Technology has changed the way teachers teach and students learn. It’s been evolutionary – from iPads to electronic notebooks and laptops to apps and other tools – making the classroom a collaborative and interactive space for students to learn. Along with these advances and new teaching tools also come emerging risks and exposures that educational institutions and educators face, including cyber bullying.
Social Media & Cyber bullying
Today many kids own mobile devices – smartphones and tablets – and us them to communicate with their parents, teachers, school coaches, other students and friends. They also use these devices to access social media platforms. In fact it’s estimated that of teenage girls aged twelve to seventeen, 95% of them use the Internet, and 81% of them use social media. They’re using Snapchat and Instagram to upload selfies and to let their friends know where they are, and WeChat for mobile chatting. And, Facebook has become a preteen paradise to promote peer interaction and 5th-grade drama.
But what happens when that text, Facebook post or Instagram photo is used for cyber bullying? What is the responsibility of a school when cyber bulling takes place? This is a complex issue especially if the bullying occurs after school hours. Yet all are looking to educational schools to step in and help stem the problem of bullying, including that which is taking place in the digital world.
In fact, schools are being charged by legislators to take action to reduce cyber bullying because of its potential to disrupt the educational process, create a hostile environment, and threaten students’ feelings of safety and mental well-being at school. Many states have anti-bullying laws with some stricter than others. For example, in Massachusetts, school districts are required to document their bullying prevention and intervention policies and procedures. In response, many but not all school districts have made progress on plans to improve and expand anti-bullying curriculum across all grade levels and enhance policies and procedures for addressing incidents. But there is still more that can be done, including getting a coordinated effort between the parents and the schools, including instituting parent focus groups. These groups are designed to gain an understanding from the parents’ perspectives on school-based and on-line anti-bullying efforts and how parents view their own roles and responsibilities in safeguarding their children against cyber bullying.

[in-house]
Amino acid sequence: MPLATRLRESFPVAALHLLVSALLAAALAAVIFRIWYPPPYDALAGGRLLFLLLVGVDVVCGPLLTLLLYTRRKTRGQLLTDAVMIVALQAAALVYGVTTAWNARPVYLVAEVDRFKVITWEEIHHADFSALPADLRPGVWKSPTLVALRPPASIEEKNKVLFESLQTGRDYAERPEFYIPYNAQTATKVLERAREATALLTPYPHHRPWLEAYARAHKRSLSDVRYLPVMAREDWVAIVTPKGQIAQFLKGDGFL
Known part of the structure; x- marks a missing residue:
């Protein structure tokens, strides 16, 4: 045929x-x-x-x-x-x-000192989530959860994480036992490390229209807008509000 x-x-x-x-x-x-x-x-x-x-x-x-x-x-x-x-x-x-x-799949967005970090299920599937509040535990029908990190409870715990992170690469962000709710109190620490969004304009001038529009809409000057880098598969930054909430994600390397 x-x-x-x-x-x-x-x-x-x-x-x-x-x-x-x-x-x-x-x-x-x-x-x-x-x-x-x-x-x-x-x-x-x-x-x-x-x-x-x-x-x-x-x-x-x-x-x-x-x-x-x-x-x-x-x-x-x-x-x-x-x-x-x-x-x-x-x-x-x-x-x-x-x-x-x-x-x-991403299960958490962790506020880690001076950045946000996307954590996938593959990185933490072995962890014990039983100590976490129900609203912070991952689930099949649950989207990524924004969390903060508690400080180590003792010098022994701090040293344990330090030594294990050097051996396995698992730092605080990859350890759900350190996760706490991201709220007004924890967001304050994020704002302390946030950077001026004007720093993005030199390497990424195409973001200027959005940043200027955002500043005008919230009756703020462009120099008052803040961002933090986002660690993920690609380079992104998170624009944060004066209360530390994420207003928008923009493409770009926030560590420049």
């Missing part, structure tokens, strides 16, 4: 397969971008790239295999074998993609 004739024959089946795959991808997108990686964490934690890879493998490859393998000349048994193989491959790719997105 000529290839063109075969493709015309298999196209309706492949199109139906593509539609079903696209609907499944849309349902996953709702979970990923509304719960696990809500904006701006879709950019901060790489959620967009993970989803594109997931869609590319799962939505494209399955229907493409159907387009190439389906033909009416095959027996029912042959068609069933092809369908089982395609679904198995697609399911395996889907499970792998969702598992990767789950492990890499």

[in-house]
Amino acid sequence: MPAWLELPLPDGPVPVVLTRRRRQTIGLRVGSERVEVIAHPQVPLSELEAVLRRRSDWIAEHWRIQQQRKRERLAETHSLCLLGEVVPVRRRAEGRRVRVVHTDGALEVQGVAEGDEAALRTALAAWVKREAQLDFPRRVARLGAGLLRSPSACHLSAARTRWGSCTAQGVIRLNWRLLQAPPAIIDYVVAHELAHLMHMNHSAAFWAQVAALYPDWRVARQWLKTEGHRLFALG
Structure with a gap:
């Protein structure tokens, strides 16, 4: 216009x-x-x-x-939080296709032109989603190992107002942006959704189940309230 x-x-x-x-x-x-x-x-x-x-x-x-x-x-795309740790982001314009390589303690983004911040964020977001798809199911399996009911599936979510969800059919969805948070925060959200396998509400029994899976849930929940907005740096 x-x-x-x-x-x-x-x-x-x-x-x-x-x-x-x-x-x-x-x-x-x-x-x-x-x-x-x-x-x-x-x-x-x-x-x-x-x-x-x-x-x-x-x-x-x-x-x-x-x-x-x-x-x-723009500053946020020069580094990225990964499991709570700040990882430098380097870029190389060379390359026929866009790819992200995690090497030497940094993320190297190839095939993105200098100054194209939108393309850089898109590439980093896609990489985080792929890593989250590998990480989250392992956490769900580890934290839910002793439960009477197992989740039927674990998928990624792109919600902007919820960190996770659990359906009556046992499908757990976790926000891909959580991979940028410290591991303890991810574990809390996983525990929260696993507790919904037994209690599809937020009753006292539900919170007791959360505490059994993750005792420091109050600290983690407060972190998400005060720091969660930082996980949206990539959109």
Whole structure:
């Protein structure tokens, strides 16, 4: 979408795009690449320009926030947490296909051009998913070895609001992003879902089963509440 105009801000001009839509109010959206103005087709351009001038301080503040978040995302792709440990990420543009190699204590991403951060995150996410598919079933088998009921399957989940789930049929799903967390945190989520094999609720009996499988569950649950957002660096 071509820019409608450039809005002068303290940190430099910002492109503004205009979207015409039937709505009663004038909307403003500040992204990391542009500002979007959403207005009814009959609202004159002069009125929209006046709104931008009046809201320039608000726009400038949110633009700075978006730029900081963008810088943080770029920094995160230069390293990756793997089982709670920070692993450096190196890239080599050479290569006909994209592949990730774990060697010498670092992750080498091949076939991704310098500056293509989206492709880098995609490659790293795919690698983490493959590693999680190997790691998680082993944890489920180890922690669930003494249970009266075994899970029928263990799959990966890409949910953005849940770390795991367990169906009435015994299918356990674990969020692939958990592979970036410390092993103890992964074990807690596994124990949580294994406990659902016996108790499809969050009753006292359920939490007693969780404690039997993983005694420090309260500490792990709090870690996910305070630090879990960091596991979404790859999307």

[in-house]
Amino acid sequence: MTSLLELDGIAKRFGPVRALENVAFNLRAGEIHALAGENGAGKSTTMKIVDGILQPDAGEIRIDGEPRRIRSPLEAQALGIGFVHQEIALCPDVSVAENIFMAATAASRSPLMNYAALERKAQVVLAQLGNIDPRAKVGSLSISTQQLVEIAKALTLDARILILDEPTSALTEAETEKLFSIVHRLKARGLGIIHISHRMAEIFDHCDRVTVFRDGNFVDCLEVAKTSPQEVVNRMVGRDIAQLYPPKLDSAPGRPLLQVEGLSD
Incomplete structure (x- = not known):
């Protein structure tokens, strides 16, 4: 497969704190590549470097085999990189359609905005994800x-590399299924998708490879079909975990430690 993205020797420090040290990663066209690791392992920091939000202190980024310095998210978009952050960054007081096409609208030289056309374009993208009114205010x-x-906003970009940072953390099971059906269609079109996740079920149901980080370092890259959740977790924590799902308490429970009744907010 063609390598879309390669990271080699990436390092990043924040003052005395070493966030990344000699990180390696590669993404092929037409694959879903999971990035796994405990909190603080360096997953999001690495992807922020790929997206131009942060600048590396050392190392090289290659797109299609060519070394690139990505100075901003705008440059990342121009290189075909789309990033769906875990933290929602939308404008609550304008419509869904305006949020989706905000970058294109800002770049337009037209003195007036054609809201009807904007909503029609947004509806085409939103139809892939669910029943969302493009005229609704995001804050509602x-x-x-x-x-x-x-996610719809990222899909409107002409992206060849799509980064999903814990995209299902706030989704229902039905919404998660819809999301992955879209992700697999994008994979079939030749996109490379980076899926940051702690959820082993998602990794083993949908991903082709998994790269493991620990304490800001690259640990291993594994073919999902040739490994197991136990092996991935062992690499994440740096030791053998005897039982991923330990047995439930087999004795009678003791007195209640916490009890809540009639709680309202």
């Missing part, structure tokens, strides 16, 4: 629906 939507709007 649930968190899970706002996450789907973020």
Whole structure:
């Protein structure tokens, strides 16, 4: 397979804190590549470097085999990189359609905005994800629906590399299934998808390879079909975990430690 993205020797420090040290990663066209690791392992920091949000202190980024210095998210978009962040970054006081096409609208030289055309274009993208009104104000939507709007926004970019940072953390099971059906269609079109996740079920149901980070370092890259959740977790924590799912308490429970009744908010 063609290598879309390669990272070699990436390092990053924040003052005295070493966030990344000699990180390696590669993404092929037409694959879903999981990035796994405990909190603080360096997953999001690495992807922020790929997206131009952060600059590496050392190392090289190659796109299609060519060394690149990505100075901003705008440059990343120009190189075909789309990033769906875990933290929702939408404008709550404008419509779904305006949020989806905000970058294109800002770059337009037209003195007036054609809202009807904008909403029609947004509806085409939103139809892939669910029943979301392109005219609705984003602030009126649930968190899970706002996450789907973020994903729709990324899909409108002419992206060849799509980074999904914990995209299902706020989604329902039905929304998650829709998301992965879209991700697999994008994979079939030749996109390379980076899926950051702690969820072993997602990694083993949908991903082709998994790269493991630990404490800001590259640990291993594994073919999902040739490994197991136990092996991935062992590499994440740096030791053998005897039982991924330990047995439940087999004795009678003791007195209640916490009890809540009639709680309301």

Furthermore, legislation throughout a majority of the states has also put the responsibility square on the shoulders of schools to take action when cyber bullying takes place on and off the property. Schools are accountable for investigating all incidents, providing support and a safe school environment for victims, and providing education and consequences, as necessary, for perpetrators. If a school doesn’t take the appropriate action, it could found itself embroiled in a liability lawsuit alleging negligence.
What’s important is that educational institutions foster a culture of zero tolerance for bullying of any form and implement ongoing robust risk management practices and training, complemented by a sound educators liability insurance program. The insurance program should include directors and officers liability and professional liability in the event that claims are made against a school, alleging that it did not have the processes in place to prevent a bullying incident from occurring and the safeguards necessary to protect a child. Even if a school or its public officials are not found culpable, the cost to defend such claims is significant. Therefore, it’s imperative the right insurance coverages are secured for schools and their officials and educators.